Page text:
Amelia Rice : Artist, Environmentalist, Rural Newfoundlander

Amelia Rice, 23, lives in Springdale Newfoundland. “I’m always on the go”, she told The Racket. Her ‘day job’ is at the Riverwood Inn, a new luxury retreat in Springdale with a 4.5-star ranking and a restaurant featuring none other than former Fixed co-owner Jon House creating original menu items showcasing local produce, foraged wild flora and fungi, ethically raised meat and creative cocktails.

What does she do there? Oh, not much you know...just cooking, cleaning, serving and working as a tour guide. Basically everything except mowing the lawn it seems.

However, if you think someone as busy as Amelia would just be chilling when she’s not at work, you are 100 percent wrong. “I love hiking, nature, and animals, so anything to do with those things” is what she enjoys the most. She is involved with the SPCA and other organizations helping to promote the spaying and neutering of pets .”I’m a big advocate of that”, she said.

Cleaning up litter on trails is another activity Amelia enjoys, making sure her favourite places stay beautiful for everyone to enjoy. She’s also a hunter and fisherwoman who harvests her own food. But first and foremost, Amelia White is an artist.


“I do portraits of people and pets, woodburning, different media”, she explains, all of which can be found online through Facebook and Instagram under Amelia's Mixed Media. She also has an Etsy shop and retails through other websites and directly at the Riverwood. What’s turning heads right now, however, are Amelia’s articulations.

To the uninitiated, articulations can best be described as bone taxidermy. While traditional taxidermy places an animals hide over a form to recreate a lifelike appearance, an articulation consists of the skeleton cleaned and arranged in the fashion of some normal activity. As Amelia is a hunter, she uses the bones of her own harvests. She also uses domestic animals who failed to thrive and passed naturally or through humane euthanasia.


Roadkill, as long as it abides by provincial law and appropriate steps are followed regarding proof of acquisition (photos of the animal on the road dead), by product from licensed hunters and trappers, and bones found in nature complete her source list. The daughter of a trapper herself, she credits her upbringing with her interest in animal memorial art.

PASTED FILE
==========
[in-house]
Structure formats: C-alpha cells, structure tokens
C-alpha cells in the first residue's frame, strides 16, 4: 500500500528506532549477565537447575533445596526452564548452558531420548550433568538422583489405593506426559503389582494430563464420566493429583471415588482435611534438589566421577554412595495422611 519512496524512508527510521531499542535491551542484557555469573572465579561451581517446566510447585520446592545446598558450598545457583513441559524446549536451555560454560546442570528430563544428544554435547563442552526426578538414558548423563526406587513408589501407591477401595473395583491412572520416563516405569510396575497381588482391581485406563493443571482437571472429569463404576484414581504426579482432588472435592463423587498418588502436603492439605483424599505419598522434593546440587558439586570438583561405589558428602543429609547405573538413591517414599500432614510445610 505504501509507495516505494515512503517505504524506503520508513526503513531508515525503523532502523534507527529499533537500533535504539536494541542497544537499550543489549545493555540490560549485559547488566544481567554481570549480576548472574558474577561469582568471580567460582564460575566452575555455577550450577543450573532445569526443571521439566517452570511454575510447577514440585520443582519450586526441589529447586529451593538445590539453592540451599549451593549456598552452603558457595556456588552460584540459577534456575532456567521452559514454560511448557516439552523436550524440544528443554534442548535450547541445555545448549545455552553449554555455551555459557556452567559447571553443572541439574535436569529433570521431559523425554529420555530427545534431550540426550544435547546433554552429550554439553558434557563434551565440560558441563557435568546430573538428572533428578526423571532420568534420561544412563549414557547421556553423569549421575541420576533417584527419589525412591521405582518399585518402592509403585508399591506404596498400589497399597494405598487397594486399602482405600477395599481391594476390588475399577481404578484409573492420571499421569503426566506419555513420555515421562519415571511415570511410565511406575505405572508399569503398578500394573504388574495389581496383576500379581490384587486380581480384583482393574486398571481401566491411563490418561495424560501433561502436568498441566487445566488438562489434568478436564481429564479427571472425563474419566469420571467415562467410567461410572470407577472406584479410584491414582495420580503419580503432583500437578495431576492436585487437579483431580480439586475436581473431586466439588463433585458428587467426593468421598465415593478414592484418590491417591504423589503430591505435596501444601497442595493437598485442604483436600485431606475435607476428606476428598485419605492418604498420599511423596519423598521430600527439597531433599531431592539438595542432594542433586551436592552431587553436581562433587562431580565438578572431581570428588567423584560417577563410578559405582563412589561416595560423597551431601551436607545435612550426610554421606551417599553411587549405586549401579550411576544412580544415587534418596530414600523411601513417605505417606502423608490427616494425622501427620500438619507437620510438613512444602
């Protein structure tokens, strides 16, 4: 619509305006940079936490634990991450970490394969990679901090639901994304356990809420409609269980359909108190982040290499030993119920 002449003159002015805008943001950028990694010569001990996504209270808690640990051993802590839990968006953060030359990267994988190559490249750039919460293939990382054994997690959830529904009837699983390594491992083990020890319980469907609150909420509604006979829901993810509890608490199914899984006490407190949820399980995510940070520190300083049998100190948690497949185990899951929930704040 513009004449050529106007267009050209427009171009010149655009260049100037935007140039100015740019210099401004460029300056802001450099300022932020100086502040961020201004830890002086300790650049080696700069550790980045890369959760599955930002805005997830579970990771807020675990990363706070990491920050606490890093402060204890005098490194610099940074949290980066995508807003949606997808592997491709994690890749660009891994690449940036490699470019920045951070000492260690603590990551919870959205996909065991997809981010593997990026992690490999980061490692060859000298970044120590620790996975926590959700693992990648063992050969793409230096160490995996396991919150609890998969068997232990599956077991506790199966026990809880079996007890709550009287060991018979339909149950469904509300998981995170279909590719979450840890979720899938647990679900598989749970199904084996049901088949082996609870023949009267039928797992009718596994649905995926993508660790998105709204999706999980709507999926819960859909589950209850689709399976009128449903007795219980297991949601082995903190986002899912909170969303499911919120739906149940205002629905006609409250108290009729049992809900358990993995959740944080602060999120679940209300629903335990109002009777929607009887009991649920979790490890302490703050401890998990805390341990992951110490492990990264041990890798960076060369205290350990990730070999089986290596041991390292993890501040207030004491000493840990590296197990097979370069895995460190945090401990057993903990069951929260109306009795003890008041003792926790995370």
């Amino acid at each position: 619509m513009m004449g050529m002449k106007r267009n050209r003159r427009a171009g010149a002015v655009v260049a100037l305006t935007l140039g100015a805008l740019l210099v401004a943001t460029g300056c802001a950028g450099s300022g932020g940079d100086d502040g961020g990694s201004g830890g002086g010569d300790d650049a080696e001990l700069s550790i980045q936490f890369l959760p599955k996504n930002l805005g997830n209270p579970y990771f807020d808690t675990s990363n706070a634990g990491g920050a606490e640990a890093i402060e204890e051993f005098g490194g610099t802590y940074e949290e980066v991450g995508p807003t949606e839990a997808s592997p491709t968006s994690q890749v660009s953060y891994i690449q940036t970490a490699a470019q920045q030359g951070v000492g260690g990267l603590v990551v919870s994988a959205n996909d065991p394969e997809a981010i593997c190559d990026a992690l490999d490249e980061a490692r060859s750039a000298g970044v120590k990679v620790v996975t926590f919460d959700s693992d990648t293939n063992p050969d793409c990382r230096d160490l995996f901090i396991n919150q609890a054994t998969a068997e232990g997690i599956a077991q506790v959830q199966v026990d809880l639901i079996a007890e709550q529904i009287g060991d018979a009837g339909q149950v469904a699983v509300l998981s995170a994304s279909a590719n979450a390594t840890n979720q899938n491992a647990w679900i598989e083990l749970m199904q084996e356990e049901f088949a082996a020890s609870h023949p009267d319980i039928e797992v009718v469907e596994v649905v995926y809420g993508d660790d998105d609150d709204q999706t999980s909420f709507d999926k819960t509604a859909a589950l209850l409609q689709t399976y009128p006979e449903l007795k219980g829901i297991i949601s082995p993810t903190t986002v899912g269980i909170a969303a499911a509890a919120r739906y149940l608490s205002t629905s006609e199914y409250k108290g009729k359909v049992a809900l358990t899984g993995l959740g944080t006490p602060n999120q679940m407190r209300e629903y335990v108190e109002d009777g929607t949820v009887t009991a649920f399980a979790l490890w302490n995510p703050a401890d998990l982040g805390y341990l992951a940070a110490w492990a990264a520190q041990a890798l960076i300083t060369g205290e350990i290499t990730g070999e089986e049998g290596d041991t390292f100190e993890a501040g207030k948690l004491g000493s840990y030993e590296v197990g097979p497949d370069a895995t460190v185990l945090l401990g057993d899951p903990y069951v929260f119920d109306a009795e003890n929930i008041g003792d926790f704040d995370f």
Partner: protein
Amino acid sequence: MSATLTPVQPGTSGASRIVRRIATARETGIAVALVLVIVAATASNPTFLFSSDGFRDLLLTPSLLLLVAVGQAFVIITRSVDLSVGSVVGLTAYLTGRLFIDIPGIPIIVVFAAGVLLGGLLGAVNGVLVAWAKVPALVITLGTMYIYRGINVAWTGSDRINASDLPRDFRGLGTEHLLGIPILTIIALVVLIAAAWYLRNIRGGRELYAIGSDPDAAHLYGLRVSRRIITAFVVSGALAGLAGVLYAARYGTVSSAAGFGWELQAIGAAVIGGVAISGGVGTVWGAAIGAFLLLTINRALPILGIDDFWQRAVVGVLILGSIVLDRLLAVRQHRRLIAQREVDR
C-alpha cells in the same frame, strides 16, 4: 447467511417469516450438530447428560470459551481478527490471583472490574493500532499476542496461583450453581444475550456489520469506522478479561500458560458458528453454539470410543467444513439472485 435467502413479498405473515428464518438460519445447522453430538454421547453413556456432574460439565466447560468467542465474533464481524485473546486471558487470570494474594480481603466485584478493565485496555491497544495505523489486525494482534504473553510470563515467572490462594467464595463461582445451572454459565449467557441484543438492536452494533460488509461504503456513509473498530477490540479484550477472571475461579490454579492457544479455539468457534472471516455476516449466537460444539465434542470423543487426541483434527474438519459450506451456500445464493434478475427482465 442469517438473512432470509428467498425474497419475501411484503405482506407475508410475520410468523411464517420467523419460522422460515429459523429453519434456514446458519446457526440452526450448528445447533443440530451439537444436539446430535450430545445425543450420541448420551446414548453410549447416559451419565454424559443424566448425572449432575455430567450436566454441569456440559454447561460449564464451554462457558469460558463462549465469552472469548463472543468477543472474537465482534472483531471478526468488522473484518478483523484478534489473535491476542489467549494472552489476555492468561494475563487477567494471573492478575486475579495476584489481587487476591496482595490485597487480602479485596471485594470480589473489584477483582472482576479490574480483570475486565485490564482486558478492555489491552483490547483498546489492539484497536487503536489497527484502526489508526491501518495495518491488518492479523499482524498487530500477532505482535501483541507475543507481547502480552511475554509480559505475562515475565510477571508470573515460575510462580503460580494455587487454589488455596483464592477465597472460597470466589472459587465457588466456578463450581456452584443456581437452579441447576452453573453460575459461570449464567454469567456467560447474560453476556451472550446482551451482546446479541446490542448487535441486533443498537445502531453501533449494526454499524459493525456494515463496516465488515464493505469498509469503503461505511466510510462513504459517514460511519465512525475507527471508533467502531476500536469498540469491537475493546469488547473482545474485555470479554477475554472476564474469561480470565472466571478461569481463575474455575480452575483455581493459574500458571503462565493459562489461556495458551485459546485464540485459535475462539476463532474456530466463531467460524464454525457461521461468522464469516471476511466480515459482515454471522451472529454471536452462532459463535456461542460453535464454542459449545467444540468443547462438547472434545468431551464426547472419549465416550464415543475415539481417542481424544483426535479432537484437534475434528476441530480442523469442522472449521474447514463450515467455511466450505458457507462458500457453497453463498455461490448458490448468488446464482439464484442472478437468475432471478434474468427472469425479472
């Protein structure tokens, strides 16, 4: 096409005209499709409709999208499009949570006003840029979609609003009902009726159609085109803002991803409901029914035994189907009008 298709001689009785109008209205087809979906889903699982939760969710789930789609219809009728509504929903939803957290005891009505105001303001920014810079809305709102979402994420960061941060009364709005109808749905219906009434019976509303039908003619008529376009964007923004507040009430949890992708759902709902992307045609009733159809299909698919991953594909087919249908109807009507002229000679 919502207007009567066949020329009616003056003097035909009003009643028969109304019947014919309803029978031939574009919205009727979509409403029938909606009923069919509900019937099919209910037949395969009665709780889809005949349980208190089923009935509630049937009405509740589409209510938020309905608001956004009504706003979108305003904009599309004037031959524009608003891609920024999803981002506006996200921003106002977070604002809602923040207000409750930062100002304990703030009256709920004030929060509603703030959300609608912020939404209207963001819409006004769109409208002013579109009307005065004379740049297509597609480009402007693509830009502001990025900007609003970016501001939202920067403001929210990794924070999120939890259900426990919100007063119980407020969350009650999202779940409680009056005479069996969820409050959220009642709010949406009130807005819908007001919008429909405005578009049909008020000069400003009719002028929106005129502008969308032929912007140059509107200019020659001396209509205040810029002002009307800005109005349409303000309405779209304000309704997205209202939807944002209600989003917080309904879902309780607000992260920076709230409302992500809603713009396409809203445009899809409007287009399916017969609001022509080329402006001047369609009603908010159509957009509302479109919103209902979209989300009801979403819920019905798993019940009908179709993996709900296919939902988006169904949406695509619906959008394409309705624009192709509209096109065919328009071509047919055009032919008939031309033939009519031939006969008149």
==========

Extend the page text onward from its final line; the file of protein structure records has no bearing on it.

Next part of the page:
“My dad took me on his trap line, and I watched him through the process. I think these skills are beautiful”, she stated and continued that she would like to become a licensed trapper herself someday. It’s a long process degreasing and cleaning the bones, with great attention to sterility on her own part so as to avoid any nasty infections. What she didn’t learn from her dad she’s managed to find on her own, or on Youtube.


Energetic, enthusiastic, idealistic and engaged in her community, Amelia is a poster child for a brighter future for rural Newfoundland. Loving the peace and beauty, her only complaint is the lack of resources and educational opportunities for young people like herself. But she has no plans to leave.

If the province can find a way to nurture those with Amelia’s drive and creativity, to provide educational opportunities, arts, and technology jobs and diverse industry base to rural areas who want to remain relevant, outport futures could be bright indeed. Regardless you can visit Amelia’s art online, and if you take a trip to the Riverwood, you never know what hat she might be wearing.